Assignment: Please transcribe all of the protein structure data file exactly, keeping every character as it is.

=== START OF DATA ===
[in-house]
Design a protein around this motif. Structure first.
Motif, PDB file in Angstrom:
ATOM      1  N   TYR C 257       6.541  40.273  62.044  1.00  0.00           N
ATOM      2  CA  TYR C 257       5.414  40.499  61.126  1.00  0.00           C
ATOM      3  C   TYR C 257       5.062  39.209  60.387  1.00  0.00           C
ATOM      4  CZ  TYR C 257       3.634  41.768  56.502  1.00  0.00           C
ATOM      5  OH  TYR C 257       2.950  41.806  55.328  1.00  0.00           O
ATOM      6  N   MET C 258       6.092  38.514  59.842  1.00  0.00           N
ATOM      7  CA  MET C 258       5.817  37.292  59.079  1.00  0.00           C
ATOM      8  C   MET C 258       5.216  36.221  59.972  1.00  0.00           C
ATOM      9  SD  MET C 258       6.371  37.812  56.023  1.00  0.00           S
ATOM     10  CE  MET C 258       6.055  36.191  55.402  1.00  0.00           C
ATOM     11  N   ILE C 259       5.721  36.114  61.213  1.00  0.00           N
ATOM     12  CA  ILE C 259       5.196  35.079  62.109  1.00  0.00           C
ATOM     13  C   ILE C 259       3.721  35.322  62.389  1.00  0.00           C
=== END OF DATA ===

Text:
[in-house]
Design a protein around this motif. Structure first.
Motif, PDB file in Angstrom:
ATOM      1  N   TYR C 257       6.541  40.273  62.044  1.00  0.00           N
ATOM      2  CA  TYR C 257       5.414  40.499  61.126  1.00  0.00           C
ATOM      3  C   TYR C 257       5.062  39.209  60.387  1.00  0.00           C
ATOM      4  CZ  TYR C 257       3.634  41.768  56.502  1.00  0.00           C
ATOM      5  OH  TYR C 257       2.950  41.806  55.328  1.00  0.00           O
ATOM      6  N   MET C 258       6.092  38.514  59.842  1.00  0.00           N
ATOM      7  CA  MET C 258       5.817  37.292  59.079  1.00  0.00           C
ATOM      8  C   MET C 258       5.216  36.221  59.972  1.00  0.00           C
ATOM      9  SD  MET C 258       6.371  37.812  56.023  1.00  0.00           S
ATOM     10  CE  MET C 258       6.055  36.191  55.402  1.00  0.00           C
ATOM     11  N   ILE C 259       5.721  36.114  61.213  1.00  0.00           N
ATOM     12  CA  ILE C 259       5.196  35.079  62.109  1.00  0.00           C
ATOM     13  C   ILE C 259       3.721  35.322  62.389  1.00  0.00           C